Land, Labor and Capital Should Be Considered

A farmers market in Tennessee

​​University of Tennessee Extension experts have authored many publications that can help producers assess whether direct sales to customers can suit their marketing goals. Visit the UT Extension publications website​ and enter "direct marketing" into the search engine. Photo courtesy UTIA.

As more Tennessee farms consider selling farm products directly to consumers, it becomes important to take stock of how well farm resources – especially land, labor and capital – line up with different direct markets.

A thorough resource evaluation can save headaches, even failure, down the road, said Rob Holland, Director of the University of Tennessee Center for Profitable Agriculture. “Evaluating a farm’s resources is important for any direct marketing channel,” he said. “And a complete evaluation is very important if customers will be coming onto the farm to purchase products.”

Holland advises farms take stock of how well their farm is suited to visitors. “Is the farm easily accessible? Are there risks for visitors, like farm ponds? Where will customers park? These are all questions that on-farm direct marketers must answer,” he said.

New farm marketing enterprises require varying amounts of labor, and understanding labor needs is vital before beginning. “Farmers should have an idea how much time may be needed to both grow and market a new product direct to customers,” said Holland. “And don’t underestimate the amount of time it takes to get a product to, and sold at, an off-farm direct market, like a community farmers market,” he advised.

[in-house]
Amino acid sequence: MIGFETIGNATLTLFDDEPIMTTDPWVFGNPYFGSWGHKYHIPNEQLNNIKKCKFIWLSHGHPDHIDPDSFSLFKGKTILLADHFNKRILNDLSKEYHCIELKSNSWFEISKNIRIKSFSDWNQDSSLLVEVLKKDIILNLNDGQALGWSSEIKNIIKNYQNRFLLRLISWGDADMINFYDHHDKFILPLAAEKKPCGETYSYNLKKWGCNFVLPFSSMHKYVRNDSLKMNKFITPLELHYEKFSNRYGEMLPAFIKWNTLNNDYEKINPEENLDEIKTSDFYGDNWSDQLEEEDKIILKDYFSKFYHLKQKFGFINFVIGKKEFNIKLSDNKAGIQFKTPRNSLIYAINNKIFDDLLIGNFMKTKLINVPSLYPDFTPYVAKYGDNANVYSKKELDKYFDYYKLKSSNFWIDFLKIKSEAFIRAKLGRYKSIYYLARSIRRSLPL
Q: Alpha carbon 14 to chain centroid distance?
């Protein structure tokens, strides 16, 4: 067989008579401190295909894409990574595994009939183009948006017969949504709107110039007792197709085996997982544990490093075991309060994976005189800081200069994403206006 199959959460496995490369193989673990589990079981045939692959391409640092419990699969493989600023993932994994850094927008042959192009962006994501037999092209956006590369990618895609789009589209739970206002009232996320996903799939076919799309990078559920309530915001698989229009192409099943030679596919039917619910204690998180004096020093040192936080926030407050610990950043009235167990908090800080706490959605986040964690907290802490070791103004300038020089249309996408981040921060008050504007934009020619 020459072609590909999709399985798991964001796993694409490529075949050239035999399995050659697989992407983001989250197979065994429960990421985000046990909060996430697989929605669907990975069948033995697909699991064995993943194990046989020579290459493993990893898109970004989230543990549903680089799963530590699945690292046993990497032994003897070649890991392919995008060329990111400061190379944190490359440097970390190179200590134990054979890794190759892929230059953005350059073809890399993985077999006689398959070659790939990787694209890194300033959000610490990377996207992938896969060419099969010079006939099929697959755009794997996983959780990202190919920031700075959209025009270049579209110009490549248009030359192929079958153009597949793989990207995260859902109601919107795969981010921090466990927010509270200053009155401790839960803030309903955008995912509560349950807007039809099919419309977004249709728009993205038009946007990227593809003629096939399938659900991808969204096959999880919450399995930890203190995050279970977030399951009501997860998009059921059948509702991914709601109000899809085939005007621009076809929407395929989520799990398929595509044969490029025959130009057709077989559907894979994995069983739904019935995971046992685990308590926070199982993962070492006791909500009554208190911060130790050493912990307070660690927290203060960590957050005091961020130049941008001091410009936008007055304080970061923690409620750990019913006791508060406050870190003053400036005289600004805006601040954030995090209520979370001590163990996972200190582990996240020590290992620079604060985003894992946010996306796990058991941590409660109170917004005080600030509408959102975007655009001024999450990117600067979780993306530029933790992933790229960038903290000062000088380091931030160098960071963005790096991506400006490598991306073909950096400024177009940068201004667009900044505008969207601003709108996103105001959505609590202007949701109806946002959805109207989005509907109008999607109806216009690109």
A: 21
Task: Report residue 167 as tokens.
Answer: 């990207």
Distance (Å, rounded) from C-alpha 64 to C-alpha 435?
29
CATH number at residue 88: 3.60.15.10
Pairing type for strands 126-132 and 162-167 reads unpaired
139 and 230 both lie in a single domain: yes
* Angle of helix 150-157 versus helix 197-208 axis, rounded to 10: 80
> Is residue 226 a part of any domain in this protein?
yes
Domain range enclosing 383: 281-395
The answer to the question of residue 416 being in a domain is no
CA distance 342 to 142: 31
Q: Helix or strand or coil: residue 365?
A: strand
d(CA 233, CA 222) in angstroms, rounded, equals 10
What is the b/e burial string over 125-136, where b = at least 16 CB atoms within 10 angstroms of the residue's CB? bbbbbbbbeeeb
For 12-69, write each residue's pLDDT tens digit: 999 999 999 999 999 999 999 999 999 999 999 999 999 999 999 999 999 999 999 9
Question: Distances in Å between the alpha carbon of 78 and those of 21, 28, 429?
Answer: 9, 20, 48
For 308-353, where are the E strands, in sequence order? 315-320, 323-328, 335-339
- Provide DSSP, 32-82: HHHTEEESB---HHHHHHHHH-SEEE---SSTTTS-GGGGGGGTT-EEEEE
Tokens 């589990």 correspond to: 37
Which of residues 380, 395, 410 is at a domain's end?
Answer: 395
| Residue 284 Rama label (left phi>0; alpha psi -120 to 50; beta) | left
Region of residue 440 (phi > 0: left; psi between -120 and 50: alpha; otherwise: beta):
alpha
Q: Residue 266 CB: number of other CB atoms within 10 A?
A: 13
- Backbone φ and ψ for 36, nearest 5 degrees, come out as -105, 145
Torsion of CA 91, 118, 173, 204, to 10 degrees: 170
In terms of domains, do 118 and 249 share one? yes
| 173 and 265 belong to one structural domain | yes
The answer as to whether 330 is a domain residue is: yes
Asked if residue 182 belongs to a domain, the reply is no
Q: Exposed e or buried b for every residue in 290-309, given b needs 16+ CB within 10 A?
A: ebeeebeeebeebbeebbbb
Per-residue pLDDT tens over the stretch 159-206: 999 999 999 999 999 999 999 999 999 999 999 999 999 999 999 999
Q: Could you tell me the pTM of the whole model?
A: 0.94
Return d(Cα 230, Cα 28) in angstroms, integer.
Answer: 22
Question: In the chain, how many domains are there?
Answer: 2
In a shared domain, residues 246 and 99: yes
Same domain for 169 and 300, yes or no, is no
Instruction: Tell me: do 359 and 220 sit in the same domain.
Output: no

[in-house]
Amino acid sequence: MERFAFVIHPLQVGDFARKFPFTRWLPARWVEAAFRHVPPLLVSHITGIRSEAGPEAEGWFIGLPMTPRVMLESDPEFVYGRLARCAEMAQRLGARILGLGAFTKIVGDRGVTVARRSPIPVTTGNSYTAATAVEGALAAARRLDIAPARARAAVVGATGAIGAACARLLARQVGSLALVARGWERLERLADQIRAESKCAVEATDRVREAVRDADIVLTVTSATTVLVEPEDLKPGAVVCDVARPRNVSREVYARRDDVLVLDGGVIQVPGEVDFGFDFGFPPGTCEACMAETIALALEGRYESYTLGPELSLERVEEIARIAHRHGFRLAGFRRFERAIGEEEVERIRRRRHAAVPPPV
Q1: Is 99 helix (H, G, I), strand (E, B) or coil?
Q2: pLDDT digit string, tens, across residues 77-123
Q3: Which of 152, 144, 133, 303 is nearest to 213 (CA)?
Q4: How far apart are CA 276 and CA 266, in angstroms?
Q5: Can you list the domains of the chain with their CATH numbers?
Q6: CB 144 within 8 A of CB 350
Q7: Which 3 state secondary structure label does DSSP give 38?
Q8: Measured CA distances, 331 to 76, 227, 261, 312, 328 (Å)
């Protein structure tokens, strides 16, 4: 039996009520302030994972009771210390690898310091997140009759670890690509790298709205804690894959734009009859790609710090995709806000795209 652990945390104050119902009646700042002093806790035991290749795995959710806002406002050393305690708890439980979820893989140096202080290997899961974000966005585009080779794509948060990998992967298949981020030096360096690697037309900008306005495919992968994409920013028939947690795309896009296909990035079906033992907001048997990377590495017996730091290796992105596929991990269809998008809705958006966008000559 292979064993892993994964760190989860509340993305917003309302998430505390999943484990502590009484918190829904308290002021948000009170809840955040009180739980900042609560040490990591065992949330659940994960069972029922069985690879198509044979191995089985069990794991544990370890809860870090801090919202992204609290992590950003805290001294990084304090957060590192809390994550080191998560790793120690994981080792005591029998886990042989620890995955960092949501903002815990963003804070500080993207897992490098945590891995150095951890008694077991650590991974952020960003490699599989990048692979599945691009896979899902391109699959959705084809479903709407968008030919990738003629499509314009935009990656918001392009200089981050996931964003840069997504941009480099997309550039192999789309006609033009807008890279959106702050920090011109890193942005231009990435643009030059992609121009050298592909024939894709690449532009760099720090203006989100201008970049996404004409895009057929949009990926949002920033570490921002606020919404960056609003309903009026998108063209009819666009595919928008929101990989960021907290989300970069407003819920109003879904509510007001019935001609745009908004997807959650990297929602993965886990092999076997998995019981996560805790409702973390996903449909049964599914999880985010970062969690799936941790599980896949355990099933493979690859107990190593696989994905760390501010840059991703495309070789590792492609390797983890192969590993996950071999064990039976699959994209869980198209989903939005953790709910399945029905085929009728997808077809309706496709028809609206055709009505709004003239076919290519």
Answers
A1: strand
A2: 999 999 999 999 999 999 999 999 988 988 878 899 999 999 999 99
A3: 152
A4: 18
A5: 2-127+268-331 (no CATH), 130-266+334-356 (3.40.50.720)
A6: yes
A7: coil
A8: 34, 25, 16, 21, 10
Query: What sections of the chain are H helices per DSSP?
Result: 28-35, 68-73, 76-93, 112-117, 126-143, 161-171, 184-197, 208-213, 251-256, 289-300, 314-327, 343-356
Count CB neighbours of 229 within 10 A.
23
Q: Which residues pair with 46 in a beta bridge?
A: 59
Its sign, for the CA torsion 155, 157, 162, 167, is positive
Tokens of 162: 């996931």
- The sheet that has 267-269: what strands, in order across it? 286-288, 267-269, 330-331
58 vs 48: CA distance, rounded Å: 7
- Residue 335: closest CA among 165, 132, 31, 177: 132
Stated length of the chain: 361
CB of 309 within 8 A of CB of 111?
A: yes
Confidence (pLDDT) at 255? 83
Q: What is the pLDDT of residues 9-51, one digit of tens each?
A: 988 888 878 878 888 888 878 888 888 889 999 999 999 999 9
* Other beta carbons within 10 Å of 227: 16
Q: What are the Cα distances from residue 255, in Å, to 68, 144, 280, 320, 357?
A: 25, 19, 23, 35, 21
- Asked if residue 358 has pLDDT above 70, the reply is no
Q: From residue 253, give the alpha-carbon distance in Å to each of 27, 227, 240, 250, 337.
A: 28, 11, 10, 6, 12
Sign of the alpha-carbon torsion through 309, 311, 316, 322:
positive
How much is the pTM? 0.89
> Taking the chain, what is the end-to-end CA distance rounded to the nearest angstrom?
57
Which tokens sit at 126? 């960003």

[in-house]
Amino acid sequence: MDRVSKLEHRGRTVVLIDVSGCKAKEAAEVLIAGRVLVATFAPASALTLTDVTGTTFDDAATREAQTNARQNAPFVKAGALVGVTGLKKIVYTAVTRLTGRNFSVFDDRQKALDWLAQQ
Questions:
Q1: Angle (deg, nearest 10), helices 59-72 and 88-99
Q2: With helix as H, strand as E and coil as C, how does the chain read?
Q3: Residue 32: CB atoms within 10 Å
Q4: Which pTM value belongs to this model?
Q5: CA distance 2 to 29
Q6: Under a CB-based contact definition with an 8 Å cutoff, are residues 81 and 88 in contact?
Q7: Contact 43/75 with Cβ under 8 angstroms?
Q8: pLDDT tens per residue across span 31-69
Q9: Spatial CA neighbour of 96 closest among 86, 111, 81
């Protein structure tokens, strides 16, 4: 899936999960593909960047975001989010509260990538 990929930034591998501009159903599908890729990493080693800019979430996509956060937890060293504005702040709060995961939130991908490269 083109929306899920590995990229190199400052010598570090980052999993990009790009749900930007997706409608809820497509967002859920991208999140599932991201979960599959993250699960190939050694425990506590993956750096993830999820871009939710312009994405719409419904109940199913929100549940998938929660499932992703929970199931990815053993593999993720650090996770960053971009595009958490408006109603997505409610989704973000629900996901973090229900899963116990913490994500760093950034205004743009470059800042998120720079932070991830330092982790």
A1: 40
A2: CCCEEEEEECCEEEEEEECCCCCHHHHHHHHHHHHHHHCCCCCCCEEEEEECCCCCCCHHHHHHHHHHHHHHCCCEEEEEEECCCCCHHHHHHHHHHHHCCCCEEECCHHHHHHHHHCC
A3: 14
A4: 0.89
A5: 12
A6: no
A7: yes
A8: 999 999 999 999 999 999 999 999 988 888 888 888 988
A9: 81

Capital needs associated with direct marketing are also important. Some direct market channels require little to no new infrastructure or equipment. For example, marketing at a community farmers market may only require a table, display materials, vendor fees and adequate transportation. Other market channels, like building a new on-farm market, will require more substantial investment.

For more information about how to evaluate different direct farm markets, see UT Extension publication “Choosing Direct Marketing Channels for Agricultural Products” (PB1796). The document is available free at your local county UT Extension office or online at the UT Extension publications website:  Enter “PB1796” into the search engine. For additional publications on direct marketing, enter that term into the search engine.

More information about the CPA and its services are available online at the center’s website:​

Through its mission of research, teaching and extension, the University of Tennessee Institute of Agriculture touches lives and provides Real. Life. Solutions.



Megan Bruch Leffew, Center for Profitable Agriculture, 931-486-2777,

Rob Holland, Director, Center for Profitable Agriculture, 931-486-2777,